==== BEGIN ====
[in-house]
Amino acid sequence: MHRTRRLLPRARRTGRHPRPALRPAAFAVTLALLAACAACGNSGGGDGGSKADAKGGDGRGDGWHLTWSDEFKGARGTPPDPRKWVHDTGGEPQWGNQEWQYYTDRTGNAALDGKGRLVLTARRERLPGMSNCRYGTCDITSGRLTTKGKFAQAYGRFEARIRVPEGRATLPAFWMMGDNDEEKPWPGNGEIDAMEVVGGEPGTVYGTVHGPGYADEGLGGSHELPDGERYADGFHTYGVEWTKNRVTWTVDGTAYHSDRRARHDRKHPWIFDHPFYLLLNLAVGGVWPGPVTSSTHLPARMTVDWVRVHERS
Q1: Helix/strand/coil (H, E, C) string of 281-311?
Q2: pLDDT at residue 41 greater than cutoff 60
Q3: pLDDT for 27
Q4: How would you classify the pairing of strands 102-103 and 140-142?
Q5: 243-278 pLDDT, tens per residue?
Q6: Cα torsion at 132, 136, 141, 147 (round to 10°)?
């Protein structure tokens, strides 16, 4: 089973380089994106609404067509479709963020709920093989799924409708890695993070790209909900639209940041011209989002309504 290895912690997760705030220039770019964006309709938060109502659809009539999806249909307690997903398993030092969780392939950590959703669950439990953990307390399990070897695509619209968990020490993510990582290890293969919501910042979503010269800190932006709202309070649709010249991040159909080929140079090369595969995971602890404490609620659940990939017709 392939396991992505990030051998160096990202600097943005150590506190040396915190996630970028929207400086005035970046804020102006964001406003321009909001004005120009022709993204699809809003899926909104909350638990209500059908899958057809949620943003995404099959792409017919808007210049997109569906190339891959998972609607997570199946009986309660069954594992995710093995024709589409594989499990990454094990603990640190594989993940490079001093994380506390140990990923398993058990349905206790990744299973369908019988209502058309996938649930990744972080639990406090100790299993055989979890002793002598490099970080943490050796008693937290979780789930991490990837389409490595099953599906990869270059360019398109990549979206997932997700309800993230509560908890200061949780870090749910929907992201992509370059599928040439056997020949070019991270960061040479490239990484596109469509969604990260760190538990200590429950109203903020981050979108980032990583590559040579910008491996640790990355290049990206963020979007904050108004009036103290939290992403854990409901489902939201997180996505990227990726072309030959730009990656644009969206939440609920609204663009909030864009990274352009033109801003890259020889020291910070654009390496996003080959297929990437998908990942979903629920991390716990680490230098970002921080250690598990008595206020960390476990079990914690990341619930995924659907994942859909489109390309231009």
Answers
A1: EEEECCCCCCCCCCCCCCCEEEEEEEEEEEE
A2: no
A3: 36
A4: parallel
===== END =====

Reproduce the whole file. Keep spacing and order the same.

[in-house]
Amino acid sequence: MHRTRRLLPRARRTGRHPRPALRPAAFAVTLALLAACAACGNSGGGDGGSKADAKGGDGRGDGWHLTWSDEFKGARGTPPDPRKWVHDTGGEPQWGNQEWQYYTDRTGNAALDGKGRLVLTARRERLPGMSNCRYGTCDITSGRLTTKGKFAQAYGRFEARIRVPEGRATLPAFWMMGDNDEEKPWPGNGEIDAMEVVGGEPGTVYGTVHGPGYADEGLGGSHELPDGERYADGFHTYGVEWTKNRVTWTVDGTAYHSDRRARHDRKHPWIFDHPFYLLLNLAVGGVWPGPVTSSTHLPARMTVDWVRVHERS
Q1: Helix/strand/coil (H, E, C) string of 281-311?
Q2: pLDDT at residue 41 greater than cutoff 60
Q3: pLDDT for 27
Q4: How would you classify the pairing of strands 102-103 and 140-142?
Q5: 243-278 pLDDT, tens per residue?
Q6: Cα torsion at 132, 136, 141, 147 (round to 10°)?
């Protein structure tokens, strides 16, 4: 089973380089994106609404067509479709963020709920093989799924409708890695993070790209909900639209940041011209989002309504 290895912690997760705030220039770019964006309709938060109502659809009539999806249909307690997903398993030092969780392939950590959703669950439990953990307390399990070897695509619209968990020490993510990582290890293969919501910042979503010269800190932006709202309070649709010249991040159909080929140079090369595969995971602890404490609620659940990939017709 392939396991992505990030051998160096990202600097943005150590506190040396915190996630970028929207400086005035970046804020102006964001406003321009909001004005120009022709993204699809809003899926909104909350638990209500059908899958057809949620943003995404099959792409017919808007210049997109569906190339891959998972609607997570199946009986309660069954594992995710093995024709589409594989499990990454094990603990640190594989993940490079001093994380506390140990990923398993058990349905206790990744299973369908019988209502058309996938649930990744972080639990406090100790299993055989979890002793002598490099970080943490050796008693937290979780789930991490990837389409490595099953599906990869270059360019398109990549979206997932997700309800993230509560908890200061949780870090749910929907992201992509370059599928040439056997020949070019991270960061040479490239990484596109469509969604990260760190538990200590429950109203903020981050979108980032990583590559040579910008491996640790990355290049990206963020979007904050108004009036103290939290992403854990409901489902939201997180996505990227990726072309030959730009990656644009969206939440609920609204663009909030864009990274352009033109801003890259020889020291910070654009390496996003080959297929990437998908990942979903629920991390716990680490230098970002921080250690598990008595206020960390476990079990914690990341619930995924659907994942859909489109390309231009």
Answers
A1: EEEECCCCCCCCCCCCCCCEEEEEEEEEEEE
A2: no
A3: 36
A4: parallel